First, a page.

He liv'd from all attainder of suspects. [Exeunt Council, with Gloster and BUCKINGHAM. Buck. Well, well, he was the covert'st shelter'd Hast. Woe, woe, for England ! not a whit for me;
traitor For I, too fond, might have prevented this.
That ever liv'd.--
Were't not that by great preservation
This day had plotted, in the council house, As loath to bear me to the slaughter-house.
To murder me, and my good lord of Gloster? 0! now I need the priest that spake to me:
May. Had he done so? I now repent I told the pursuivant,
Glo. What! think you we are Turks, or infidels ? As too triumphing, how mine enemies,
Or that we would, against the form of law, To-day at Pomfret bloodily were butcher'd,
Proceed thus rashly in the villain's death, And I myself secure in grace and favour.
But that the extreme peril of the case, 0, Margaret, Margaret! now thy heavy curse The peace of England, and our persons' safety, Is lighted on poor Hastings' wretched head.
Enforc'd us to this execution ? Rat. Come, come ; despatch, the duke would be at May. Now, fair befal you! he deserv’d his death ; dinner:
And your good graces both have well proceeded, Make a short shrift; he longs to see your head. To warn false traitors from the like attempts. Hast. O, momentary grace of mortal men,
Buck. I never look'd for better at his hands,
Until your lordship came to see his end,
Which now the loving haste of these our friends, Into the fatal bowels of the deep.
Something against our meanings, hath prevented : Lov. Come, come, despatch : 'tis bootless to exclaim. Because, my lord, I would have had
hear Hast. O, bloody Richard !-miserable England ! The traitor speak, and timorously confess I prophesy the fearfull'st time to thee,
The manner and the purpose of his treasons ;
That you might well have signified the same
SCENE V.-The Same. The Tower Walls. May. But, my good lord, your grace's words shall
As well as I had seen, and heard him speak:
And do not doubt, right noble princes both,
With all your just proceedings in this case.
Glo. And to that end we wish'd your lordship here, And then again begin, and stop again,
To avoid the censures of the carping world. As if thou wert distraught, and mad with terror? Buck. But since you come too late of our intent,
Buck. Tut! I can counterfeit the deep tragedian; Yet witness what you hear we did intend : Speak and look back, and pry on every side, And so, my good lord mayor, we bid farewell. Tremble and start at wagging of a straw,
[Exit Lord Mayor. Intending deep suspicion : ghastly looks
Glo. Go, after, after, cousin Buckingham. Are at my service, like enforced smiles;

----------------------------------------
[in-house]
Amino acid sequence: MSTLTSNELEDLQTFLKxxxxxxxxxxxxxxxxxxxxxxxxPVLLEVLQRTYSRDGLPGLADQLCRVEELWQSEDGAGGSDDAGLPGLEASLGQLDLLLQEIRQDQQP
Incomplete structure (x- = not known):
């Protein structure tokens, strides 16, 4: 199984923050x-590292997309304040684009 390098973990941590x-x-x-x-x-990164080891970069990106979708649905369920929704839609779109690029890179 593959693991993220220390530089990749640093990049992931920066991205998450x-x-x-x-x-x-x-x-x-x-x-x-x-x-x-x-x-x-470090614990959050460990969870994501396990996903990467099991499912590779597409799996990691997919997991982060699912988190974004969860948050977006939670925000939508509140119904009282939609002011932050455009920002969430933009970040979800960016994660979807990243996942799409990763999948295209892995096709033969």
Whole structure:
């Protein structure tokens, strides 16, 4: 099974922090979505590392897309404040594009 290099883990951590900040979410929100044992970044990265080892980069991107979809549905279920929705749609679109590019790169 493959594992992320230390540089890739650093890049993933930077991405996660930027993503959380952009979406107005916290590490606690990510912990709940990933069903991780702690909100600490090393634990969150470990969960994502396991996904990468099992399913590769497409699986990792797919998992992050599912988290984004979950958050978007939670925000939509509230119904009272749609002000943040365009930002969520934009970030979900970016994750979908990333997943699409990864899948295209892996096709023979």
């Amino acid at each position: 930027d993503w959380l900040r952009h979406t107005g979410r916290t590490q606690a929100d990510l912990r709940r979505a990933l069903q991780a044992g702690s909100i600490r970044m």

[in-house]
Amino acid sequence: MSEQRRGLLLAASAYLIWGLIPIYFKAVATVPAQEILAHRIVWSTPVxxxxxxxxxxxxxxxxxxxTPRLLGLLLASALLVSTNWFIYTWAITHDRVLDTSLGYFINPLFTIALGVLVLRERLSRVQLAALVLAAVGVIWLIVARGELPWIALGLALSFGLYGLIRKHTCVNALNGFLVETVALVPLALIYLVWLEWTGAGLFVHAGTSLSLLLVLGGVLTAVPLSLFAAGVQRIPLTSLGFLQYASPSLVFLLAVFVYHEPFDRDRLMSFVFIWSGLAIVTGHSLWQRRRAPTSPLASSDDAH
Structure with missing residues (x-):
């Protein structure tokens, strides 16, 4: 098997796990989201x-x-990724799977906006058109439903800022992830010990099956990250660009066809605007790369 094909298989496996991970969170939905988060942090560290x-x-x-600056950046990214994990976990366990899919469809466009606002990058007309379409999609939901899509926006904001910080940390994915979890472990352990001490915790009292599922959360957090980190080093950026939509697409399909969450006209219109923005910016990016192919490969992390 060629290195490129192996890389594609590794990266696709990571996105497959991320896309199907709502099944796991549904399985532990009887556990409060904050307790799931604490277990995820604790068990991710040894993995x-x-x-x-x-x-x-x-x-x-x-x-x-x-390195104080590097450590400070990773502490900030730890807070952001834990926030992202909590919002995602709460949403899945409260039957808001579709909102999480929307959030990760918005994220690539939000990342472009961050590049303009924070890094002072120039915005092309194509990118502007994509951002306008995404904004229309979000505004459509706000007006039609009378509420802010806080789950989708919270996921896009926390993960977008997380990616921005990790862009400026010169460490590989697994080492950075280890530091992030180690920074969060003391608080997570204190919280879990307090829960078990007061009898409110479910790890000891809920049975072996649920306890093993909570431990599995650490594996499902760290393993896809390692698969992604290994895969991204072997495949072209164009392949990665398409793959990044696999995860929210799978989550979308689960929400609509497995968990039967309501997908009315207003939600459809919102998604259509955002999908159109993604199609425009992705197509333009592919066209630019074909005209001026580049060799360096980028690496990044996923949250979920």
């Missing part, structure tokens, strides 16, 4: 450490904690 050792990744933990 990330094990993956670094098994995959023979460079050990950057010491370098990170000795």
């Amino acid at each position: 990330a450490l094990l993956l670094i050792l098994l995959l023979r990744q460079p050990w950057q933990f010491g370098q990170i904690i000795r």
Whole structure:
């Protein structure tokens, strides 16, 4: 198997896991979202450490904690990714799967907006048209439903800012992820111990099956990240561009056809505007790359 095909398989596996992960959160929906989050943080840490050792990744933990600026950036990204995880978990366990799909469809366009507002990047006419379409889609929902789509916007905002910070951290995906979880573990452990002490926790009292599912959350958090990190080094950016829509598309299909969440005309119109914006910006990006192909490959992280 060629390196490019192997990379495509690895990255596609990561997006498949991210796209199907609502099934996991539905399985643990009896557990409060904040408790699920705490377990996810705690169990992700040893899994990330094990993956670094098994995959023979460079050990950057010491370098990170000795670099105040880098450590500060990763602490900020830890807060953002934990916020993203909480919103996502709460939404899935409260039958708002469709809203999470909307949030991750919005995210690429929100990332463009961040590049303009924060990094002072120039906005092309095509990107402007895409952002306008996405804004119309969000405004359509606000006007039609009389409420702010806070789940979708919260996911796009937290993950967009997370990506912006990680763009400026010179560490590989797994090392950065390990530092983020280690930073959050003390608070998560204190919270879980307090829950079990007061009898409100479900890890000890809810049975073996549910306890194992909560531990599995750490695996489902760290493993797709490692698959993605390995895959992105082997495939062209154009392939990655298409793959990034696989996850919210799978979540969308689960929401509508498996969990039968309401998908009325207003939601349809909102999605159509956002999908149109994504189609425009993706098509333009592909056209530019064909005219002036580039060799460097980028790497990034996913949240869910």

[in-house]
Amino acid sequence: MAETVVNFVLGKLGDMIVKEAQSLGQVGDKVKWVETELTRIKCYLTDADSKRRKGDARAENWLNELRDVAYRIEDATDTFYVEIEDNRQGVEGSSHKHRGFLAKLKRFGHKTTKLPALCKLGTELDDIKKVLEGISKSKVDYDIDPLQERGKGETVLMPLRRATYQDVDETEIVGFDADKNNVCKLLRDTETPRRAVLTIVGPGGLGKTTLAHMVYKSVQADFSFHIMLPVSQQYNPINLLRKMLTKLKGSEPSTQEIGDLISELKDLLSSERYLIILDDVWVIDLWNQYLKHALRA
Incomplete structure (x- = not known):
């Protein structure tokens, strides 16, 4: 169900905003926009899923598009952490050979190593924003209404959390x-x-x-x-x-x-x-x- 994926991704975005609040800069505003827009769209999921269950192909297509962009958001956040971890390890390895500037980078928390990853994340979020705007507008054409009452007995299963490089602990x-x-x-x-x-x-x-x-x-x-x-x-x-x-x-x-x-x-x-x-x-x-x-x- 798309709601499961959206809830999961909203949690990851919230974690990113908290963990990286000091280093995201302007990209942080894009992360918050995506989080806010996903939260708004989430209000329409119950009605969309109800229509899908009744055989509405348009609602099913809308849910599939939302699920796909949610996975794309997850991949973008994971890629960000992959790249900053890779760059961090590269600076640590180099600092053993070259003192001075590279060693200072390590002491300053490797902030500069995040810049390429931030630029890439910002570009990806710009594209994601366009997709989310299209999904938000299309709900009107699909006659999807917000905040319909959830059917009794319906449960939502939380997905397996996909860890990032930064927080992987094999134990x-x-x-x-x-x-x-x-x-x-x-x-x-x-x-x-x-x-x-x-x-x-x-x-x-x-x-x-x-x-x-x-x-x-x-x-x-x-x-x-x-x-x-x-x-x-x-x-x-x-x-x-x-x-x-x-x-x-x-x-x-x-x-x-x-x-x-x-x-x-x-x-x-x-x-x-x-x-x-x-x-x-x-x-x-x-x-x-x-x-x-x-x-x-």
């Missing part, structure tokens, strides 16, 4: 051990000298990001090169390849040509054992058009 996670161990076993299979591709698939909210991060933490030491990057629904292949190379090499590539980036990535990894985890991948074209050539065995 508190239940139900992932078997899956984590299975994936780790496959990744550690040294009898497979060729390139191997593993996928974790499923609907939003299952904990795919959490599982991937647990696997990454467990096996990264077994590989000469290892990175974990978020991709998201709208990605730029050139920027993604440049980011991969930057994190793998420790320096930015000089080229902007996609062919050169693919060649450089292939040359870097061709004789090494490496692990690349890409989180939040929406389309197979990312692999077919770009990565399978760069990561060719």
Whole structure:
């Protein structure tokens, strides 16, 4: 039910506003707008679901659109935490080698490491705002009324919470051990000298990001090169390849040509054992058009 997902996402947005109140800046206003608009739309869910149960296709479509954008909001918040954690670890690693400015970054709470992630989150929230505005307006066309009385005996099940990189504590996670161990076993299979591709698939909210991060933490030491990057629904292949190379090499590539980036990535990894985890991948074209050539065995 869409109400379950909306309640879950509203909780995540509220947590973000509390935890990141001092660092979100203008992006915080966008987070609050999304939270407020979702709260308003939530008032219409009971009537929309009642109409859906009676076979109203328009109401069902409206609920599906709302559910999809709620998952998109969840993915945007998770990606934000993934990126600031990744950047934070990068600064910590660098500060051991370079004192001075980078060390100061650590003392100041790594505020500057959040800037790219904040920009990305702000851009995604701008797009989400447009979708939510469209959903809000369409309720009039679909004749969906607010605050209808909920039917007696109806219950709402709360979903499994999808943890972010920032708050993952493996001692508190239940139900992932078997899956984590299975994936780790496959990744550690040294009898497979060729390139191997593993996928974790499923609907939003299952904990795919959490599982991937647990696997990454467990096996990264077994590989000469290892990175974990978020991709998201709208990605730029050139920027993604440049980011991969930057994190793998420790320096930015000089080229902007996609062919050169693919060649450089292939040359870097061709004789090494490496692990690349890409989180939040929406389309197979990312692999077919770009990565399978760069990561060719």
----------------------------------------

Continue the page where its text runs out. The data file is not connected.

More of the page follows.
The mayor towards Guildhall hies him in all post : And both are ready in their offices,
There, at your meetest vantage of the time, At any time to grace my stratagems.
Infer the bastardy of Edward's children:
Tell them, how Edward put to death a citizen,
Heir to the crown; meaning, indeed, his house, Both in your form and nobleness of mind :
all your victories in Scotland,
Your discipline in war, wisdom in peace,
Your bounty, virtue, fair humility ;
Untouch'd, or slightly handled in discourse :
And, when my oratory drew toward end,
I bade them that did love their country's good,
-“ God save Richard, England's royal king!"
Glo. And did they so?
Buck. No, so God help me, they spake not a word;
But, like dumb statues, or breathing stones,
Star'd each on other, and look'd deadly pale.
Which when I saw, 1 reprehended them,
His answer was, the people were not us’d
Buck. Doubt not, my lord, I'll play the orator, Then, he was urg'd to tell my tale again :-
“ Thus saith the duke, thus hath the duke inferr'd;"
But nothing spoke in warrant from himself.
At lower end of the hall,
Buck. I go; and, towards three or four o'clock, And thus I took the vantage of those few,-
Thanks, gentle citizens, and friends," quoth I;
[Exit Buckingham." This general applause, and cheerful shout,
Glo. What tongueless blocks were they ! would they
Will not the mayor, then, and his brethren, come?
Buck. The mayor is here at hand. Intend some fear;
Be not you spoke with, but by mighty suit:
And stand between two churchmen, good my lord ;
For on that ground I'll make a holy descant:
And be not easily won to our requests;
Glo. I go; and if you plead as well for them,
As I can say nay to thee for myself,
No doubt we bring it to a happy issue. [Knocking heard.
Buck. Go, go, up to the leads! the lord mayor
Enter the Lord Mayor, Aldermen, and Citizens.
Welcome, my lord : I dance attendance here;
Enter from the Castle, Catesby.
Cate. He doth entreat your grace, my 'noble lord,
To visit him to-morrow, or next day.
To draw him from his holy exercise.
Buck. Return, good Catesby, to the gracious duke:
Tell him, myself, the mayor and aldermen,
In deep designs, in matter of great moment,
Buck. Now by the holy mother of our Lord, Are come to have some conference with his grace.
Cate. I'll signify so much unto him straight. [Exit.
Buck. Ah, ha! my lord, this prince is not an Edward :
But on his knees at meditation;
Not dallying with a brace of courtezans,
But meditating with two deep divines ;
Not sleeping to engross his idle body,
But praying to enrich his watchful soul.
Take on his grace the sovereignty thereof;
But sore I fear, we shall not win him to it.